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Academy Discourse Northern Ireland after Brexit and ARINS launch

Watch Members Fintan O’Toole and William Crawley who discussed the future of Northern Ireland in this conversation style Discourse sponsored by Mason Hayes & Curran LLP.

This event also marked the launch of ARINS — Analysing and Researching Ireland, North and South, a joint project led by the Royal Irish Academy and the Keough-Naughton Institute for Irish Studies at the University of Notre Dame’s Keough School of Global Affairs and introduced by Professor Cathy Gormley-Heenan. The ARINS project provides authoritative, independent and non-partisan research and analysis about constitutional, institutional and policy options for Ireland, North and South in a post-Brexit context.

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This discourse is sponsored by Mason Hayes & Curran LLP.


Fintan O’Toole, MRIA is a columnist with The Irish Times, Leonard L. Milberg visiting lecturer in Irish Letters at Princeton University and a regular contributor to the New York Review of Books. He has won both the Orwell Prize for Journalism and the European Press Prize. His most book is The Politics of Pain: Post War England and the Rise of Nationalism (Liveright) and he is working on the official biography of Seamus Heaney.

Born in Dublin in 1958, he has been drama critic of In Dublin magazine, The Sunday Tribune, the New York Daily News, and The Irish Times and Literary Adviser to the Abbey Theatre. He edited Magill magazine and since 1988, has been a columnist with the Irish Times.

Other books include A History of Ireland in 100 Objects (2013). Enough is Enough (2010). Ship of Fools (2009), The Irish Times Book of the 1916 Rising (2006), White Savage: William Johnson and the Invention of America (2005), After the Ball (2003), Shakespeare is Hard but so is Life (2002); The Irish Times Book of the Century (1999); A Traitor’s Kiss: The Life of Richard Brinsley Sheridan (1997); The Lie of the Land: Selected Essays (1997); The Ex-Isle of Erin (1996); Black Hole, Green Card (1994); Meanwhile Back at the Ranch (1995); A Mass for Jesse James (1990) and The Politics of Magic: The Work and times of Tom Murphy (1987).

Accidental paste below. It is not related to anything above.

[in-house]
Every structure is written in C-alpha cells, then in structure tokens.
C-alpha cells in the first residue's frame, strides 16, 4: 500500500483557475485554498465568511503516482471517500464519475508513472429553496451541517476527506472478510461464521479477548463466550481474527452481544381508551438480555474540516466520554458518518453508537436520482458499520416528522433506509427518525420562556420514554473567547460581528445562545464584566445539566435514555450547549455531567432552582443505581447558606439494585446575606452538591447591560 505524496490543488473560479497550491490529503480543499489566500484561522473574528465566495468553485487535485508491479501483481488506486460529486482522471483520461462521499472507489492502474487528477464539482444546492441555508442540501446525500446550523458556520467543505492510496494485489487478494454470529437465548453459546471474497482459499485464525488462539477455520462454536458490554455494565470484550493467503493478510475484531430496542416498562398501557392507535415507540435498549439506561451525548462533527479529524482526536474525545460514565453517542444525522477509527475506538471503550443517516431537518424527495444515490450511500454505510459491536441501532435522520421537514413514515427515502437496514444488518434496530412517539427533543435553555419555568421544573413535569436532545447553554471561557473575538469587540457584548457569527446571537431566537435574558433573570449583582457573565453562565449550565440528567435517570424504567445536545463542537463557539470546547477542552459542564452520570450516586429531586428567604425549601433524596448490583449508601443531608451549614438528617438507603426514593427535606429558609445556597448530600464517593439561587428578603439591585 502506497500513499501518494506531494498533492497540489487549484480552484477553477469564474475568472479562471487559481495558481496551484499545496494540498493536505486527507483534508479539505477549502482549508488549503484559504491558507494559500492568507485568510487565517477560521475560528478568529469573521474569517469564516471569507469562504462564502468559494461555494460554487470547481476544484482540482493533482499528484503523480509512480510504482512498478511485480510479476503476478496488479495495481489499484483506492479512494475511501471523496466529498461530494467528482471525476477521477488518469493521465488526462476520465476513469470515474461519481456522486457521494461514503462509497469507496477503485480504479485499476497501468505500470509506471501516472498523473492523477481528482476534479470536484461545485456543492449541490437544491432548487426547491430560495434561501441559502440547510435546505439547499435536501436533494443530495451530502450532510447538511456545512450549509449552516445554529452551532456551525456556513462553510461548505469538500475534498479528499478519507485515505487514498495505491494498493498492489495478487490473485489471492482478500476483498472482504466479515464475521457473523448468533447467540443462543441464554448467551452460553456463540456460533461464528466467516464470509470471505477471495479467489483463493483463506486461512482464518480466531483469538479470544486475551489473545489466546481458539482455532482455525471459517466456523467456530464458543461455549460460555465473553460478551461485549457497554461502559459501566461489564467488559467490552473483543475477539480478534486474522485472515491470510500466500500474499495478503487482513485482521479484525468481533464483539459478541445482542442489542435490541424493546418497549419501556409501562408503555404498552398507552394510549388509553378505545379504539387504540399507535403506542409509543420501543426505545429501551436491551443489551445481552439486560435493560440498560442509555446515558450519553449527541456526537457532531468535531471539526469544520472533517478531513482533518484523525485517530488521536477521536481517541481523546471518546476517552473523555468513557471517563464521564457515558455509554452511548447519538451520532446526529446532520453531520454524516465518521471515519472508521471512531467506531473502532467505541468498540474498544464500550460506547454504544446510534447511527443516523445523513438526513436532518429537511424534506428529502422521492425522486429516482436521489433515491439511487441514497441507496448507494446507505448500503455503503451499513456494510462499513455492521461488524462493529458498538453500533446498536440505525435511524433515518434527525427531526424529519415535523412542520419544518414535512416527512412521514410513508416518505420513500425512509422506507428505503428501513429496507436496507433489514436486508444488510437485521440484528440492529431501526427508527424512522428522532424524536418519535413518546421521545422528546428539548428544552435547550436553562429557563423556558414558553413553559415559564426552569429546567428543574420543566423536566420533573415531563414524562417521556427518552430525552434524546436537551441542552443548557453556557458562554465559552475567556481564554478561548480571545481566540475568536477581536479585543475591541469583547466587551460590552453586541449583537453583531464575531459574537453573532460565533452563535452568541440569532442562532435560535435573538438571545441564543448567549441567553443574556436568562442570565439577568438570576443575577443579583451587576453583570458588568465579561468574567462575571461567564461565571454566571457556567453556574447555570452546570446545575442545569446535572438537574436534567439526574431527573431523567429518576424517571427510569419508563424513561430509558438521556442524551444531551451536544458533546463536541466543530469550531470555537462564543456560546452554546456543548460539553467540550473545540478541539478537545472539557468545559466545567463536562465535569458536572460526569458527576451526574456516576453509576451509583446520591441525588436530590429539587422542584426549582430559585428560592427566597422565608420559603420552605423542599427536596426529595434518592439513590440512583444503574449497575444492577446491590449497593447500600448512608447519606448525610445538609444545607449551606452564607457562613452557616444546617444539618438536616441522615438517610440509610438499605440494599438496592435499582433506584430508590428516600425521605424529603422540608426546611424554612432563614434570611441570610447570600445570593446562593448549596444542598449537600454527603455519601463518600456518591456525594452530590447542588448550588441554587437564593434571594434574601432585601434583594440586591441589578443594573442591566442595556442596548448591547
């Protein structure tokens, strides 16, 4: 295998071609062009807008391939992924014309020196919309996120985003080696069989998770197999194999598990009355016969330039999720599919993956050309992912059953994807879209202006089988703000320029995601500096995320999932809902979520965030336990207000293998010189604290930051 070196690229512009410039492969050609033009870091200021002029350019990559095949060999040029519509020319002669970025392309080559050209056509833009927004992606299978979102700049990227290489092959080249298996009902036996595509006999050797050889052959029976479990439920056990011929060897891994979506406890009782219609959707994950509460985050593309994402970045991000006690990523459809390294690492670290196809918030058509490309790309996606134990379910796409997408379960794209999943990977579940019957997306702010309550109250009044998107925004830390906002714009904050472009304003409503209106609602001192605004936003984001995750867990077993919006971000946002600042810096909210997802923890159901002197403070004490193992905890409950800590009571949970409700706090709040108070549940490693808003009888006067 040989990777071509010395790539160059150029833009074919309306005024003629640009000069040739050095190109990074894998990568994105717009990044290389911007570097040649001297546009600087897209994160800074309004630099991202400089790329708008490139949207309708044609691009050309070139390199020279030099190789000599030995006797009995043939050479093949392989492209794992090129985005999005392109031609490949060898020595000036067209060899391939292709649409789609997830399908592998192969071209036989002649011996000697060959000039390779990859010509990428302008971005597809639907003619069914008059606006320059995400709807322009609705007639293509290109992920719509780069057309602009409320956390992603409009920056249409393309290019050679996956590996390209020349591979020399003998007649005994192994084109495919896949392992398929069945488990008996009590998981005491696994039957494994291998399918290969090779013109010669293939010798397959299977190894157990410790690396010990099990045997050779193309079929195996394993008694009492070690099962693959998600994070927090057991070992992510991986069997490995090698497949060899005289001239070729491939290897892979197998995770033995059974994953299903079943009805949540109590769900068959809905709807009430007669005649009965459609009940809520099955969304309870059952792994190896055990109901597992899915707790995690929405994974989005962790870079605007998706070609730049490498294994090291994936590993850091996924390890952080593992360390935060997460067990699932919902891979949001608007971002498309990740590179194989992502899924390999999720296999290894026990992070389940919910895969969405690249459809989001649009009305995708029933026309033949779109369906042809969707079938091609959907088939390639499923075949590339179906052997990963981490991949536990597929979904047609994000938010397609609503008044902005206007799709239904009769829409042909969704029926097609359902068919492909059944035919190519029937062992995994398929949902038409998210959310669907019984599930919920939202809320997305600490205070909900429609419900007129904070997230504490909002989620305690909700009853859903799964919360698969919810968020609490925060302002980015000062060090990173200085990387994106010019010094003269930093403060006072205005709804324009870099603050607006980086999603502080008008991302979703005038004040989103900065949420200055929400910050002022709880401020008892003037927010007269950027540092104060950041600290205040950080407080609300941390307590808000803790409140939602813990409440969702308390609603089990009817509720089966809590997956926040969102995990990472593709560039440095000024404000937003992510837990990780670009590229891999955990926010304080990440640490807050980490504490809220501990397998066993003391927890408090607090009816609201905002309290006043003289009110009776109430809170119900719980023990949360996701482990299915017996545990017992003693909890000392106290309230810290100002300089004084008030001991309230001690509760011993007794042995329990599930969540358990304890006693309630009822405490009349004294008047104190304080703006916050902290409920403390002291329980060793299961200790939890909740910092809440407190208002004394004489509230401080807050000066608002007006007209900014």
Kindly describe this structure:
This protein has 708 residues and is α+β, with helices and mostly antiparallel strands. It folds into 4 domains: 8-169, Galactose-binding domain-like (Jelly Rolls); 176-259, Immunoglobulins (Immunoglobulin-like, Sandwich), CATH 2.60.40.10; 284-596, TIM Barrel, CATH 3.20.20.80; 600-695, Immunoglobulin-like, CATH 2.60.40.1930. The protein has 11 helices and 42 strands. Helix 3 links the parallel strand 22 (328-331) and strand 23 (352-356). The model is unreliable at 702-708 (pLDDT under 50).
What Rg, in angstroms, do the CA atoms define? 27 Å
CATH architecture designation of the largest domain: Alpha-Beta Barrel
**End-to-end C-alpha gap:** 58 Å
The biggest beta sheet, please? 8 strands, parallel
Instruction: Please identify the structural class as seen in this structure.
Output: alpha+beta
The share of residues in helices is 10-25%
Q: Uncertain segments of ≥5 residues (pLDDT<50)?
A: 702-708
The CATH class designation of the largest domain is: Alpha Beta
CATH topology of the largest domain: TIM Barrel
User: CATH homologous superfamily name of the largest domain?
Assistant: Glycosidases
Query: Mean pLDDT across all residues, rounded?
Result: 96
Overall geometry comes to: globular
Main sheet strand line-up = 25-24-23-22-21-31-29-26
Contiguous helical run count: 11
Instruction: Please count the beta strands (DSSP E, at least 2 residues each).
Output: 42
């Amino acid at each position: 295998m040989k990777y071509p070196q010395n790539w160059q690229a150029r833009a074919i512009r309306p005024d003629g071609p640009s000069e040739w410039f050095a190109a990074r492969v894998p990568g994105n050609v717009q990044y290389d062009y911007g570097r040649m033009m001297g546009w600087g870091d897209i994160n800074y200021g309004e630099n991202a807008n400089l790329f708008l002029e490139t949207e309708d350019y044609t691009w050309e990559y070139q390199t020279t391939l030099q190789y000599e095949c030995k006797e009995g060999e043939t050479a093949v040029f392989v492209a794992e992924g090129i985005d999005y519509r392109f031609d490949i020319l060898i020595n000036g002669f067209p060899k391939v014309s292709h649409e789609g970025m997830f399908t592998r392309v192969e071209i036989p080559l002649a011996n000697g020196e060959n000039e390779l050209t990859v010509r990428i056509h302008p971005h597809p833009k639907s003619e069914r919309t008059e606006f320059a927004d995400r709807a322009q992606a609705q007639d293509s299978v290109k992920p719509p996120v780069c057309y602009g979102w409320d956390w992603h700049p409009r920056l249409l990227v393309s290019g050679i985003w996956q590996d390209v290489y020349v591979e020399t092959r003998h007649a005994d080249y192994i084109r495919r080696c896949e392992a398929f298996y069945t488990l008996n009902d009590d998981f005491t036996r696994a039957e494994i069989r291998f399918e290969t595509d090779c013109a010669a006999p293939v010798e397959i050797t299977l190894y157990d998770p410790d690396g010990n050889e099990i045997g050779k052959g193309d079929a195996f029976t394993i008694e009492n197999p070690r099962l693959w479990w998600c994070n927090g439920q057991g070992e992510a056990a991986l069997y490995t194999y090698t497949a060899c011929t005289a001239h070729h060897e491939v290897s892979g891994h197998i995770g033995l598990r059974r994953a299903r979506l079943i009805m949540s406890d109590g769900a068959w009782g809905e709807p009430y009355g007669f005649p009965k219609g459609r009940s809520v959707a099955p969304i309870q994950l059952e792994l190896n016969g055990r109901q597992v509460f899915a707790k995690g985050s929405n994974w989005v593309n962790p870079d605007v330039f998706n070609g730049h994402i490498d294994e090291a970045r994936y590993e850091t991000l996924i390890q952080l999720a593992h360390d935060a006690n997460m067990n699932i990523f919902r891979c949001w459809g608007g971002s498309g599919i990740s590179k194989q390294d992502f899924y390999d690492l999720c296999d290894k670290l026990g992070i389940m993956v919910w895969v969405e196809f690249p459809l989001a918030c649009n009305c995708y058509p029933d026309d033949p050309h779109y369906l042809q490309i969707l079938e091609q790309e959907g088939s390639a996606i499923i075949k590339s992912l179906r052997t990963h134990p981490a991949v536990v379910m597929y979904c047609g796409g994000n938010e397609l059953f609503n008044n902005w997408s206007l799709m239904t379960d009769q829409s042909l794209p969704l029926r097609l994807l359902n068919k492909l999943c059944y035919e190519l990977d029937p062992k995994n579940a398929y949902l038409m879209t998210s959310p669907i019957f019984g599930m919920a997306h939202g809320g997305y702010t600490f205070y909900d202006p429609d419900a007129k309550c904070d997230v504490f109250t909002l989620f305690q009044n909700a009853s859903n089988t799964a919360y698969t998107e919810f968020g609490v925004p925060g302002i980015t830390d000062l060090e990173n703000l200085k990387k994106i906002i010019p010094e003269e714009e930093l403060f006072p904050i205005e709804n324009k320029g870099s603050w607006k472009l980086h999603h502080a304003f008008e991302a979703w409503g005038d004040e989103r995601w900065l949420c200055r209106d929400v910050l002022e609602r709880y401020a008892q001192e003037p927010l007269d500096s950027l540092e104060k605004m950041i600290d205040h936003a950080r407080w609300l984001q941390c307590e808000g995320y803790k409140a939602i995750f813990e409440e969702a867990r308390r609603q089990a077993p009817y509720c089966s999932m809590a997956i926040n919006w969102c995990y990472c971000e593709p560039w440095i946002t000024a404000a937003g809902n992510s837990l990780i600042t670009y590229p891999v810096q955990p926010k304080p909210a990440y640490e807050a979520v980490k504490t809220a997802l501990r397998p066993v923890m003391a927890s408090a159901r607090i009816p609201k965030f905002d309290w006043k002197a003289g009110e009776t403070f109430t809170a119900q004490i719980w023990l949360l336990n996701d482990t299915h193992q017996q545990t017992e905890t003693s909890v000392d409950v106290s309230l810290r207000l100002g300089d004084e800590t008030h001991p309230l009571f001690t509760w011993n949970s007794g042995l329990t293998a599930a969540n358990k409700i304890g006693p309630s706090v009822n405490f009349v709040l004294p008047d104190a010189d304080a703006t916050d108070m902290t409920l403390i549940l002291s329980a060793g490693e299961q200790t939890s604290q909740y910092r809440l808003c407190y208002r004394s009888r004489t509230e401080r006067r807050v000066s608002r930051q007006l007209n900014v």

William Crawley, MRIA is a journalist and broadcaster with the BBC presenting TV and radio programmes on subjects as varied as news and politics, arts and science, and religion and ethics. He hosts the daily radio current affairs programme Talkback for the BBC in Northern Ireland, Sunday on BBC Radio 4, and regularly writes and presents documentaries for Radio 3, Radio 4, and the BBC World Service. His television work — more than 40 documentaries and series — includes the landmark natural history series Blueprint, which now forms part of the Ulster Museum’s permanent collection; the interview series William Crawley Meets, in which he meets thought leaders from across the world; a three-part autobiographical series documenting life in Northern Ireland (Sorry For Your Trouble, Dying For A Drink, and Losing Our Religion); Independent People: The Story of Ulster’s Presbyterians; and the 15-part global history of Irish immigration Brave New World.

Educated at Queen’s University Belfast (BA, MPhil, PhD) and Princeton Theological Seminary (MDiv), he served as a Presbyterian minister, university chaplain and lecturer in theology and philosophy before turning to a career in journalism and the media. He is a recipient of the Eisenhower Fellowship; in 2012 he received an honorary Doctor of Literature (D.Lit.) degree from his alma mater, Queen’s University Belfast, for services to broadcasting; and in 2019 was elected a Member of the Royal Irish Academy.